The ESB is going to have to make a multi-million euro contribution to the costs of the Cork flood devastation of November 2009, following a High Court ruling.
Mr Justice Max Barrett ruled the ESB was 60 per cent liable for extensive damage to several buildings of University College Cork, caused by the flooding that affected the city.
The university argued the way the ESB released water from two hydro-electric dams following heavy rainfall led to unnecessary additional flooding which caused substantial damage. Its lawyers maintained far less damage would have been suffered by UCC and many other property owners in Cork if the situation had been handled differently.
In a 550-page judgment, Mr Justice Barrett also ruled UCC was 40 per cent liable for failing over years to act on mounting information of flood risk to its properties and continuing to construct properties on the River Lee flood plain. Its failure to engage with the flood risk exposed UCC, its staff and students to “significant hazard”, he said.
In terms of flood preparation, the university had “a hundred sandbags and no demountable barriers” and there was no unified campus-wide plan to deal with flood events.
“The unhappy truth of this case is that ESB stands guilty of wrong-doing and so does UCC,” he said.
UCC brought its claim on behalf of its insurer Aviva, which was seeking €20m damages from the ESB for losses at UCC and an additional €14m for losses suffered by other property owners.
Cork solicitor Joe Noonan, who represents 40 other affected property owners, said he hoped the ESB would accept the decision and not appeal.
UCC had claimed actions and inactions by the ESB concerning management of water releases from its two hydro-electric dams at Iniscarra and Carrigadrohid on the River Lee were “highly dangerous” and led to significant unnecessary additional flooding causing substantial damage. It claimed 30 acres of UCC’s 80 acre campus were submerged under water and 29 campus buildings, including the Gluksman Gallery and the entire Mardyke sports complex were damaged.
ESB argued it did not cause the floods and alleged contributory negligence by UCC, including its construction of low-level buildings in the flood plain of the River Lee.
Mr Justice Barrett ruled the ESB, as operator of the dams, was 60 per cent liable in nuisance and negligence for the damage to UCC’s properties. UCC was 40 per cent liable over contributory negligence on its part, including failure to address information of flood risk to its properties, he found.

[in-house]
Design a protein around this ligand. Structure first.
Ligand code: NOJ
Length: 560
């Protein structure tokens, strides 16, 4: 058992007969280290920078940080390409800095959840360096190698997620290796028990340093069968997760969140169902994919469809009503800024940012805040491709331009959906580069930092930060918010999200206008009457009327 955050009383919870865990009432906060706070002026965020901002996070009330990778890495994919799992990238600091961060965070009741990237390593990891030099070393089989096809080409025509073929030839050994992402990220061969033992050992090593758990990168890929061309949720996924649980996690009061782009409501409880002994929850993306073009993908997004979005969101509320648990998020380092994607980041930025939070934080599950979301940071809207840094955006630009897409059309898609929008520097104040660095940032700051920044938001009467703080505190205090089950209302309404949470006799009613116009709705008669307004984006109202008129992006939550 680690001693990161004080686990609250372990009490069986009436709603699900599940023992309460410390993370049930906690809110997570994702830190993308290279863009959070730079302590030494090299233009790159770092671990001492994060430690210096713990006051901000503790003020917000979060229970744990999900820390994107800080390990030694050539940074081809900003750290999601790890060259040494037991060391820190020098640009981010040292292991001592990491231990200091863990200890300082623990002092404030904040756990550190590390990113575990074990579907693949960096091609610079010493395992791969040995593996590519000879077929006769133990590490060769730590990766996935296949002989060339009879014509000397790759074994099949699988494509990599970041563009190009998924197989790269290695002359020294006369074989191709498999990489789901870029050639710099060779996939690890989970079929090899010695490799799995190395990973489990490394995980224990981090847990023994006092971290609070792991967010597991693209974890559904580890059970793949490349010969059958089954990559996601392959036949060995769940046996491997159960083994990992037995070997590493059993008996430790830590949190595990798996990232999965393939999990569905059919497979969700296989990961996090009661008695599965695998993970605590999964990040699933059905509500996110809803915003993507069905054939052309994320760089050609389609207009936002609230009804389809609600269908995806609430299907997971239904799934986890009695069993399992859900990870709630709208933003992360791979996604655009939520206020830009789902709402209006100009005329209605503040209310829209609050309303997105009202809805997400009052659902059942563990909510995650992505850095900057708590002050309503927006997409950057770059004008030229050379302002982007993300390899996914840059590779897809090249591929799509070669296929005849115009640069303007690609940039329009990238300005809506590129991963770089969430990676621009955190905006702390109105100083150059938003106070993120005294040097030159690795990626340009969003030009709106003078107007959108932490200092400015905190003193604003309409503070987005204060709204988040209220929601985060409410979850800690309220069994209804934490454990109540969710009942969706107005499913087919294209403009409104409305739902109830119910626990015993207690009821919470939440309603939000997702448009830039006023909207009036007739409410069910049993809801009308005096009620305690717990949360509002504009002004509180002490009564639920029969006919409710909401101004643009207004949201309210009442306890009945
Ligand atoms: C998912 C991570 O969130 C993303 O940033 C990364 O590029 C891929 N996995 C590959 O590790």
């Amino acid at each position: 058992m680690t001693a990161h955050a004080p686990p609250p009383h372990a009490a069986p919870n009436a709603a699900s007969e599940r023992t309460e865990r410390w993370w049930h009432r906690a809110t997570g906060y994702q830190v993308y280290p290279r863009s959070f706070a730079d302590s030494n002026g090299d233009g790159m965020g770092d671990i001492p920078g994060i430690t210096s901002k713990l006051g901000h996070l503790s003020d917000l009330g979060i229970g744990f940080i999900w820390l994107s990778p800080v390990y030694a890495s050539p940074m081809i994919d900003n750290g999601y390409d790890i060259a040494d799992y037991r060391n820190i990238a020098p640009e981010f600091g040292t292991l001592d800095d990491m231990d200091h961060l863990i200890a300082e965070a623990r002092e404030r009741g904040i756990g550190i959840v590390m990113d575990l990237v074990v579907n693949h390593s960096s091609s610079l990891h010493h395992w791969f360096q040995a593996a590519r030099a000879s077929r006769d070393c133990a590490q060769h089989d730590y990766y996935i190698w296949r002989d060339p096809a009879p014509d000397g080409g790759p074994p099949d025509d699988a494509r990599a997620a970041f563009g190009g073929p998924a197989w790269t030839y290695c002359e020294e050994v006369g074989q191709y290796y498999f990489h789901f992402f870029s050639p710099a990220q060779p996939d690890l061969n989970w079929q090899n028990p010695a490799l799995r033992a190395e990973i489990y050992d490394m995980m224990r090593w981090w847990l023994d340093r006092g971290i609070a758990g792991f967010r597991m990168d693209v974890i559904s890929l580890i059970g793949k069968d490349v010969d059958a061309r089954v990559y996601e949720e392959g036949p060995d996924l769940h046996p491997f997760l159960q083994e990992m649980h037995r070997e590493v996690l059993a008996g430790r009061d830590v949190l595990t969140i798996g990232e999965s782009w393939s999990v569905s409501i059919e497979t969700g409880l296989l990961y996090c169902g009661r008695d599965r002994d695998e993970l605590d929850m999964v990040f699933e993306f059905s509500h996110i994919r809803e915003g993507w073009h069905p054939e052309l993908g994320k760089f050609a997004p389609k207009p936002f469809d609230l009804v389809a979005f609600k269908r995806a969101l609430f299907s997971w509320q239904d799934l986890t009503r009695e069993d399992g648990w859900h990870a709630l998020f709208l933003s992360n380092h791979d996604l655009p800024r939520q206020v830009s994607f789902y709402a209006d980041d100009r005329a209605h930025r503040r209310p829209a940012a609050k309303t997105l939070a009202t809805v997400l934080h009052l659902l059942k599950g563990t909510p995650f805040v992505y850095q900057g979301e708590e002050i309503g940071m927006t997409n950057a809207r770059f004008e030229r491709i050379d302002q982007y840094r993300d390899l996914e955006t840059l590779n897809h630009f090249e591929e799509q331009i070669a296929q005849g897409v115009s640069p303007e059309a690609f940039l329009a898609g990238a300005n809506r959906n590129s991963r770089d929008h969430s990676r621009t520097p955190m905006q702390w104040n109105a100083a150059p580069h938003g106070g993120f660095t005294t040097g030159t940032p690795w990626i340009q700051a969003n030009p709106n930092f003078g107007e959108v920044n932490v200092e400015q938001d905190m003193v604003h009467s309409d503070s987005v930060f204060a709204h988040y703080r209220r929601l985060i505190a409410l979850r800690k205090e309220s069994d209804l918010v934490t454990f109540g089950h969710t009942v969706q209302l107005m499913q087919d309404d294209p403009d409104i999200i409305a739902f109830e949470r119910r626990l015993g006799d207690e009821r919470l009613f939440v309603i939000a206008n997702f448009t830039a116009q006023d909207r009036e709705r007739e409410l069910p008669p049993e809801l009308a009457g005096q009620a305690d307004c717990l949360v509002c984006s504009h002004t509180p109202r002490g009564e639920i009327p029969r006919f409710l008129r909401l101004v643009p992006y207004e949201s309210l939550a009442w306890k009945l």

The amount of damages will be quantified in a later hearing. The costs of the case, which ran from June 2014 for 104 days over several months and involved a wide range of expert evidence, are estimated at several million euro.
In his findings against the ESB, the judge said it, as operator and controller of the dams on the River Lee, failed in November 2009 to give adequate warning of the discharges it intended to make and of their likely impact.
The ESB had a duty of care to UCC and other owners/occupiers of property downstream from its reservoirs, including not to cause unnecessary flooding by crossing the point it itself identified as its top operating level in the reservoirs.
The ESB could, and should, reasonably have reacted to weather forecasts on and from November 16th 2009 so as to spill water form the dams earlier and in greater amounts than it did, and thus created the space for more water at the Lee Reservoirs, he said.
The ESB could and should reasonably have maintained lower water levels than it had in the reservoirs in the period leading up to November 19th 2009. The dam-discharge rules operated by ESB were neither necessary nor appropriate in the circumstances of November 2009 and this was recognisable at that time. Had ESB operated the appropriate levels consistently, the discharges that occurred would have been neither necessary nor appropriate.
During the flood events of November 19/20th 2009, the ESB failed to adhere to its own “do not worsen nature” rule of operation. By failing to properly pre-plan, ESB was equipped only to release inappropriate discharges.
The ESB also failed to give anyone, including UCC, adequate or timely warning about the events ESB knew to be presenting and failed to carry out an adequate risk assessment exercise. That would have identified the “mainfold deficiencies” in its River Lee Regulations and in ESB’s operation of the Lee Dams, which caused the damage suffered by UCC’s buildings in November 2009.
In his findings of contributory negligence against UCC, the judge said he counted 50, maybe more, instances in the evidence in which UCC was put expressly on notice of flood risk to buildings it built or acquired on the River Lee floodplain.
“To borrow from Oscar Wilde, if once is misfortunate and twice is carelessness, when it comes to at least 50 failures to respond to a known flood-risk, one appears to the court to have strayed far from Lady Bracknell territory and well into the realm of significant and serious contributory negligence.”
The most fundamental failure by UCC was its failure to conduct a flood-risk assessment of its lower-lying buildings, he said.
If the UCC Buildings Committee discharged its supervisory task badly, “and it is difficult to see how it could have done worse”, that was not the fault of ESB. UCC never raised any question as to how expensive buildings were being constructed without proper regard to that flooding.